If you don’t think that is logical, perhaps consider:Cultural reasons. Poor mates would have poor personal hygiene/habits. Short nails/hair is a good signal of a good mate.

  10. zilverlinda
    Posted July 16, 2014 at 3:28 pm | Permalink

    I agree with your theory. Shy does everything always have to be deeply rooted in some kind of childhood trauma/parental failure/sexual “deviance”?

    I nibble at hangnails/the skin around my nails, and sometimes I can’t stop ripping until they bleed. The habit seems to get worse when I have drier skin and more hangnails, so I prevent that by moisturizing regularly and snipping of any loose bits of skin with sharp nail scissors until there is nothing left to pick at. Also, wearing nail polish: I don’t want to damage it and/or ingest any.
    In a similar vein, I nibble at loose skin flakes on my lips and pick at bumps/zits on my upper arms and face whenever I discover any. Anything that sticks out, so to speak. Again, it gets worse when I have a lot of those, and prevention (lip balm/good skin care) seems to help. Even picking my nose (when no-one is watching…) gives me similar satisfaction (keep tissues at hand). So there does seem to be some kind of grooming connection.

    For nail biting, maybe cutting your nails very short and filing off any corners would help?

  11. Posted July 16, 2014 at 7:16 pm | Permalink

    After biting my nails all of my life (and quitting the habit not having crossed my mind) I suddenly stopped doing so around 18 months ago. I don’t recall at what point I stopped, and it certanly wasn’t a conscious decision by me. One day I realised my nails were getting unusually long and I was forced to trim them with clippers, a rare event. I haven’t bitten them since.

    I’ve been wracking my brains ever since trying to pinpoint what event – if any – might have lead me to cease, but I’m still drawing a blank.

  12. Kaiti V.
    Posted July 16, 2014 at 9:58 pm | Permalink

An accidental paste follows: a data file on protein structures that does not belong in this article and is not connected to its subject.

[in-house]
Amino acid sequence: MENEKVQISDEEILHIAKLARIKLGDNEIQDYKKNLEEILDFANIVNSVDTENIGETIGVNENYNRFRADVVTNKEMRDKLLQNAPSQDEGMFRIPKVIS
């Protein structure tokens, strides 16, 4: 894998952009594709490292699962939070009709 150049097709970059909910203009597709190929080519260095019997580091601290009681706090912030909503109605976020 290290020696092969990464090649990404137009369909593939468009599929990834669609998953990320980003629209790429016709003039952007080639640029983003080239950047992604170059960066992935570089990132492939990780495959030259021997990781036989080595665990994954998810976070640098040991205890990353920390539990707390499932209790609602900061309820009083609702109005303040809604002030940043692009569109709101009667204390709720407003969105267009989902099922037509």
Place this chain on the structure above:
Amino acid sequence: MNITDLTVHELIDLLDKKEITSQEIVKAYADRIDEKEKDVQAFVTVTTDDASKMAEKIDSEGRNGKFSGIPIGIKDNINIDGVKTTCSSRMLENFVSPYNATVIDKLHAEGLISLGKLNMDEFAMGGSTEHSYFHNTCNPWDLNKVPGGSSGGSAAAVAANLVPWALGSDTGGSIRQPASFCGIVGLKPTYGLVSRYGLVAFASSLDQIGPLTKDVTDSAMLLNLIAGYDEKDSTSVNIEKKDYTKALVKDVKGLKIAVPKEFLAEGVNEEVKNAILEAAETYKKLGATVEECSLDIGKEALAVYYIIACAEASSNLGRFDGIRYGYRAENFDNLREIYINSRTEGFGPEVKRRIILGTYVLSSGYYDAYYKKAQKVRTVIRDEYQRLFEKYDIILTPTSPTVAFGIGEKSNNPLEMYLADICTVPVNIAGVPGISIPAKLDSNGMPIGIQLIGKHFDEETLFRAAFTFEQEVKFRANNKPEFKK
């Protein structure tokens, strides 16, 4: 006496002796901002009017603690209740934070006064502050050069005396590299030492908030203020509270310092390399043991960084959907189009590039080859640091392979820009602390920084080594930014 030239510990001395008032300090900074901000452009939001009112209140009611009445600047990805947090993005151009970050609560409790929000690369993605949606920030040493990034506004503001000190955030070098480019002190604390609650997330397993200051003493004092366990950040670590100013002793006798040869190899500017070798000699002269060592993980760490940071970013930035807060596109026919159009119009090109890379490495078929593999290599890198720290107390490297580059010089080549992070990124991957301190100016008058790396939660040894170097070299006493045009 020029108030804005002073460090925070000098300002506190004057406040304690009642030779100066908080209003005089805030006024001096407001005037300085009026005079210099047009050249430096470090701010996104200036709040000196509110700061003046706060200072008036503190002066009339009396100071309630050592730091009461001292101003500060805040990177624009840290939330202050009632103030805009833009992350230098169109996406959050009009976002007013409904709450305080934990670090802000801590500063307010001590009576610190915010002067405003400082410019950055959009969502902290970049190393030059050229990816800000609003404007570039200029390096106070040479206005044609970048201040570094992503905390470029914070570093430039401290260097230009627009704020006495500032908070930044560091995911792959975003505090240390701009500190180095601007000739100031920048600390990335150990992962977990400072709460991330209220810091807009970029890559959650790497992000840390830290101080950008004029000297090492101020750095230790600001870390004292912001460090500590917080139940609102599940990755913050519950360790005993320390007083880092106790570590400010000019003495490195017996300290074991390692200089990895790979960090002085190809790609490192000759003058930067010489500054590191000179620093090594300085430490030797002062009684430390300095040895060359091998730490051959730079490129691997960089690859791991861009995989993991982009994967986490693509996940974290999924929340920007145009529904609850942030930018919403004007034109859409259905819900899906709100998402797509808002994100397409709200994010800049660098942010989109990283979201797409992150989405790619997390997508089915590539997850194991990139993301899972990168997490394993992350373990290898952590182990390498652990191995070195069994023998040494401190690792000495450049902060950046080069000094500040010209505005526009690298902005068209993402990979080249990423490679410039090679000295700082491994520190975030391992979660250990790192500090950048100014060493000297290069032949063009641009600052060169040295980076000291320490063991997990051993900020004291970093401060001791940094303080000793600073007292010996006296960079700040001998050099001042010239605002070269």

I think I agree with the therapists who suggest that “nail-biting may be due to inward hostility”.

    You go on later to say:

    “…there is a ‘tidying up’ element to nail biting – keeping them short – which means in the short term at least it can be pleasurable, even if the bigger picture is that you end up tearing your fingers to shreds.”

    When you tidy your nails up, its to make them look better – perfecting them, if you will. You’re making your nails, hence yourself, more perfect. I’d argue low self-esteem… which I guess is code for ‘deep-rooted issues’. Sorry.

    That said, at least I’m not the only adult that bites their nails. :)

  13. Iszie Sya
    Posted July 17, 2014 at 2:43 am | Permalink

    ..as a nail biter {blushes}, I could’ve sworn I had meself justified that it was a habit formed in facilitation of thinking; much like pacing ala Holmes conversing with Dr. Watson, or chewing gum ..at times I think the act of oral manual digestion imitates and aids the pace of which memory retention is best absorbed, “digested”. Any nail biter would have you know there’s just an unexplainable technicality to the habit that instinctually, we already know that it certainly hasn’t got anything to do with hunger why we do it.

    ENTER, the nutritionist p.o.v.:

    At some point of being such an expert with palatal-dental manicure, I considered that I may actually be lacking in certain nutrients and am perhaps making up for the lack of ..say, silica and certain B-complexes by forming a self-sustaining habit of consuming it through the closest available 24/7 mean possible? A deficiency in all sorts of B complexes does take a toll on the body, one of which seems to have lend a hand in developing depression so symptoms anxiety shouldn’t be that far off, I reckon..

    ..I stayed with this nutritional deficient theory of mine due to the success rate at which I’d actually quit nail-biting after 3 weeks onwards with daily intake of horsetail [silica] supplements, I honestly stayed with this understanding ..UNTIL, well, I noticed I had quit to bite on my nails but began biting the callouses or skin bits on the side of my nails, at times til I bled!

    {hands on hips} mmph.

    Also, I don’t see myself nibbling on hair which also has silica so the compulsion has been a bit of a mind-boggler [..I have been biting as I was writing this, by the very way].